Afghanistan and Pakistan take center stage in 2009
Under Obama, the US may send 20,000 more troops and encourage talks with the Taliban in an effort to reclaim the upper hand in Afghanistan.
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Despite this, Washington and Islamabad's shared war against Al Qaeda has brought the two closer together. American officials say increased pressure from their side as well as the rise of a civilian government in Islamabad have brought cooperation to an all-time high. The Pakistani and American militaries are now undertaking joint military operations along the Afghan-Pakistani border, for example.Skip to next paragraph
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However, if violence continues to worsen in 2009 and Pakistan is not seen to crack down on the Afghan insurgents, tensions between the two countries could rise again. In addition, US officials expect to continue the policy of airstrikes in Pakistani territory, which Pakistanis oppose. Finally, tensions between India and Pakistan could distract Islamabad from its fight against militants and hurt its relations with the West.
What's ahead for the Afghan government?
Presidential elections are scheduled for the fall and could prove pivotal. Analyst Mr. Rafeh says that poor security conditions in many parts of the country may preclude elections and deal a major blow to Washington, which views elections as a benchmark of success.
The government is under fire from all sides for being corrupt and ineffective, and Hamid Karzai's popularity has plunged as a result. Nonetheless, a lack of strong alternatives might give him an easy victory if elections do occur, albeit with a low voter turnout.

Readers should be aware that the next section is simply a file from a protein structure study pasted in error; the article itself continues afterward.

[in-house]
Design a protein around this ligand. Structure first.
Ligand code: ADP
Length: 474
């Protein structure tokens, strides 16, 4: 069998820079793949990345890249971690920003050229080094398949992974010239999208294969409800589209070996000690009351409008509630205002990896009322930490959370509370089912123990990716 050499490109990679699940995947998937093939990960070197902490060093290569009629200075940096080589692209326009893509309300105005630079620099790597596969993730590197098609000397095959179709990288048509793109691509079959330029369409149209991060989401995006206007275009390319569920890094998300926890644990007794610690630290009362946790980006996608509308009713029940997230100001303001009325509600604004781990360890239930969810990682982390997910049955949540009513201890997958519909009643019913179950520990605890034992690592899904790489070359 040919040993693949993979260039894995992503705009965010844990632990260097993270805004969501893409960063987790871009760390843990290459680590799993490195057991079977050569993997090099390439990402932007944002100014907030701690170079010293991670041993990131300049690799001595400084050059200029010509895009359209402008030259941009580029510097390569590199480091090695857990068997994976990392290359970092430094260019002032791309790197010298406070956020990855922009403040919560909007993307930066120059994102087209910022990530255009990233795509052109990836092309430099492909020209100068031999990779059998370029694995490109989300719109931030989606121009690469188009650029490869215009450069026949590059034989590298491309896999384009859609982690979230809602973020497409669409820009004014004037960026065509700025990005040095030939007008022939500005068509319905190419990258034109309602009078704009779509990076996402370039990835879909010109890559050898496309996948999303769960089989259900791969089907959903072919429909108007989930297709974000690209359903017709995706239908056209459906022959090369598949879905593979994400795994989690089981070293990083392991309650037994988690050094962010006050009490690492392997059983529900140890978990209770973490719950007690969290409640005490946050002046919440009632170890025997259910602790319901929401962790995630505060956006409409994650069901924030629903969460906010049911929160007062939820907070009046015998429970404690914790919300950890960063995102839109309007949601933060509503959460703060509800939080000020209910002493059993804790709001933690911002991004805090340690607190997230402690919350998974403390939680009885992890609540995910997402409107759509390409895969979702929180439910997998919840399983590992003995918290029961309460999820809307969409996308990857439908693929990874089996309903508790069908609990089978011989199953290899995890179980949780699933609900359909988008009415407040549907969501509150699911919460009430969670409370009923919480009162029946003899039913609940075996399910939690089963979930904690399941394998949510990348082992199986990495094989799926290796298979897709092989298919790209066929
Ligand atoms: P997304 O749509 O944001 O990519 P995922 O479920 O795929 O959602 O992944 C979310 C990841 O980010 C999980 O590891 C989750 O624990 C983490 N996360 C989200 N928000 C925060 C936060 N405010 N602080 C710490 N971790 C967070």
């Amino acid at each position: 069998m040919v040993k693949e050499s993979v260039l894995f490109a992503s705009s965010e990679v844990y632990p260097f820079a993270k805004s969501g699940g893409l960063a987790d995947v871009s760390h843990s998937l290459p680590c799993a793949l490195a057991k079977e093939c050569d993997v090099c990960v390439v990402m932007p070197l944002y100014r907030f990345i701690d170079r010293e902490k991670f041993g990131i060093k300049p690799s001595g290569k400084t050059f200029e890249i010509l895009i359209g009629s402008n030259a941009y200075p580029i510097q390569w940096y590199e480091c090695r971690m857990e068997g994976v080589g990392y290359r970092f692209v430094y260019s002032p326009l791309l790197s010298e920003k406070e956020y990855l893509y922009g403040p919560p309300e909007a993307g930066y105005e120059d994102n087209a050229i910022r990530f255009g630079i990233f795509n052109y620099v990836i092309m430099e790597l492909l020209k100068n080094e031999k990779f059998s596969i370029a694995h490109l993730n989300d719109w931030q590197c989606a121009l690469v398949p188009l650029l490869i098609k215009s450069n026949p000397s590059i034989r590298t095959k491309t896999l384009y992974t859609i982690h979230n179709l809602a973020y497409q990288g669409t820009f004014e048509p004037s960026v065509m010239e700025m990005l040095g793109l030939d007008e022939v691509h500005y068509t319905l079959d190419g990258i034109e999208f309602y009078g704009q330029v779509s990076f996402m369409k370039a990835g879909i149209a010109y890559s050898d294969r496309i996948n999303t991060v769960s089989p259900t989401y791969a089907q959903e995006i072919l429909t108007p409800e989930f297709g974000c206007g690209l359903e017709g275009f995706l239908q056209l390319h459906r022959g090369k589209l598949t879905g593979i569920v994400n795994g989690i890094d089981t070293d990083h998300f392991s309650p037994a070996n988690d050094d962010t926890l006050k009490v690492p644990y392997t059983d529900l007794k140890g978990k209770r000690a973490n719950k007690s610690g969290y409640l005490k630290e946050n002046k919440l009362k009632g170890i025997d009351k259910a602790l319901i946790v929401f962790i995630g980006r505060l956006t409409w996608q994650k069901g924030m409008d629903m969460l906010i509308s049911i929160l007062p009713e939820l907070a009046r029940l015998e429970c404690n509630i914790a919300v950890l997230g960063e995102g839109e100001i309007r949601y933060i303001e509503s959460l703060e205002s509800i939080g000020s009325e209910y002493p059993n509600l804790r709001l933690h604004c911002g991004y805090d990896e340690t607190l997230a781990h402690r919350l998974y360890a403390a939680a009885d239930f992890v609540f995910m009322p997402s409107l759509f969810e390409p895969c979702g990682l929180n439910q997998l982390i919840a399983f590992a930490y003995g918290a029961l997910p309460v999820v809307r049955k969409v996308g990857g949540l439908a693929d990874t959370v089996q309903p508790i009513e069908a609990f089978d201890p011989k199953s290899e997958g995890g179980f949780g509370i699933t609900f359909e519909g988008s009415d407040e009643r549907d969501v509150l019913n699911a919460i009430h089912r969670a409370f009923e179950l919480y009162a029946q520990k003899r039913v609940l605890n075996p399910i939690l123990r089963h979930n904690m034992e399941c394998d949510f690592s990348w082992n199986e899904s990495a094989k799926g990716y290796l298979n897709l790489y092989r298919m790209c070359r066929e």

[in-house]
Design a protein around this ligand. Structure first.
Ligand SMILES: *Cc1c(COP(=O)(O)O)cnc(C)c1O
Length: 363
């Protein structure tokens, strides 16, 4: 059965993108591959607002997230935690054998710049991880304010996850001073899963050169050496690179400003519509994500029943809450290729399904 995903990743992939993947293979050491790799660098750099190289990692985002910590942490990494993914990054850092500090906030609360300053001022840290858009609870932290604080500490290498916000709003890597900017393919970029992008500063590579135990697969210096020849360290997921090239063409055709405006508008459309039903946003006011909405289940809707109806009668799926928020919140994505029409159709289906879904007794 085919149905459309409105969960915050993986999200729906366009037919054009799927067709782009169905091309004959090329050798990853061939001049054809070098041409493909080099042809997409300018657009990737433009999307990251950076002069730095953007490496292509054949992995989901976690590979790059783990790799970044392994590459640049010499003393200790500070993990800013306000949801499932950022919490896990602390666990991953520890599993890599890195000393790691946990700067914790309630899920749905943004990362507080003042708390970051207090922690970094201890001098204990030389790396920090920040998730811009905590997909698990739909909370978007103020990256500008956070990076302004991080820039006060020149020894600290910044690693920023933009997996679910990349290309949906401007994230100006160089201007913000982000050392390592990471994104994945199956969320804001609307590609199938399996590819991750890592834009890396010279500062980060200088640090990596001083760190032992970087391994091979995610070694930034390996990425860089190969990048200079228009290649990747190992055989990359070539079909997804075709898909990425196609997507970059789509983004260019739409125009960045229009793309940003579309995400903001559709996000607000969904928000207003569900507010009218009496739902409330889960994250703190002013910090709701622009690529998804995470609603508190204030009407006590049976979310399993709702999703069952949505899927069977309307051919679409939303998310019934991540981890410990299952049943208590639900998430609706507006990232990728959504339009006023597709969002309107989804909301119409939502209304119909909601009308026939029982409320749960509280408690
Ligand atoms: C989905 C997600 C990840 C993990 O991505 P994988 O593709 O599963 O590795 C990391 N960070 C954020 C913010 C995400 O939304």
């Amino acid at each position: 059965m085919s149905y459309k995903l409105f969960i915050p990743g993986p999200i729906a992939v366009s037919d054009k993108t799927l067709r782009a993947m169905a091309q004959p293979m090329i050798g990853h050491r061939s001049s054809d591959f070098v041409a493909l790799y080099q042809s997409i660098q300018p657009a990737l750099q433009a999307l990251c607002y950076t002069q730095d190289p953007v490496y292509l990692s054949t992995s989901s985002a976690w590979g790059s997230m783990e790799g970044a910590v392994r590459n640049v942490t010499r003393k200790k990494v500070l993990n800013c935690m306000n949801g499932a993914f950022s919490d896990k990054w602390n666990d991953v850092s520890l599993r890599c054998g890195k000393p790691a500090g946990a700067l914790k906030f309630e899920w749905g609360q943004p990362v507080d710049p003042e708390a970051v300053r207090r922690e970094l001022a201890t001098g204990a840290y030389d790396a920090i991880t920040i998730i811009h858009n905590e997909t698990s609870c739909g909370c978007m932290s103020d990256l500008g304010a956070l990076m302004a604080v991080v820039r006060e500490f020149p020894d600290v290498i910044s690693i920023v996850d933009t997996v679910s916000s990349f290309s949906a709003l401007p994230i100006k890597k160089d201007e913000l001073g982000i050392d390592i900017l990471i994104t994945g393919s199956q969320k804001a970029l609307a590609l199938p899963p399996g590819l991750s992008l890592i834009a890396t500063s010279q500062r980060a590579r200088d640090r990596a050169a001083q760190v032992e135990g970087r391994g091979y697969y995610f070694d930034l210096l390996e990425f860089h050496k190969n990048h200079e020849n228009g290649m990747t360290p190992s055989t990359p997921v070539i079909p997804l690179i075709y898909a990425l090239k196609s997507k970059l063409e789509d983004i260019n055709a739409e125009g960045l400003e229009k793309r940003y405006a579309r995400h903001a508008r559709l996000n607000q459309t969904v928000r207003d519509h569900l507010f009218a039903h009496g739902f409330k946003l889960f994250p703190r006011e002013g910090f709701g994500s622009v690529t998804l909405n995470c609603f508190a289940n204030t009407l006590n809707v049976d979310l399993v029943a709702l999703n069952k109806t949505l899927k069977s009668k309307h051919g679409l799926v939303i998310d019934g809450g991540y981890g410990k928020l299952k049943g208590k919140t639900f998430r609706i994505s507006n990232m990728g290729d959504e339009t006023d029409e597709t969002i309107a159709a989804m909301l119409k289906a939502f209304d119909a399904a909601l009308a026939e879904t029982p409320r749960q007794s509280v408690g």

Eroding support for the central government and the poor security environment risk undermining the gains made in the post-Taliban era, which include the country's first democratically elected government, and advances in the spread of education and healthcare.
What is NATO's future in the country?
The 41 NATO countries involved in Afghanistan – who make up roughly 55,000 of the 70,000 troops in the country – have differing rules of operation. Some refuse to deploy to combat-intensive zones and others have already set withdrawal dates. "The international forces can't fight the Taliban if they don't have a unified command and outlook," says Rafeh.
On the battlefield, some consolidation is already taking place. US and NATO forces now answer to a single commander, for example. For 2009, the international forces plan to put command of the volatile southern region permanently under the Americans, instead of the current arrangement of rotating leadership between NATO countries. Officials say this will make the military effort more streamlined and effective.
On the political level, observers expect progress to be slower. Many countries have to deal with their own internal politics, says Rafeh. It might be politically risky for Germany to send troops to the violent south when the majority of its population is antiwar.
The danger in this, US Defense Secretary Robert Gates warned nearly a year ago, is in NATO becoming "a two-tiered alliance of those willing to fight and those who are not."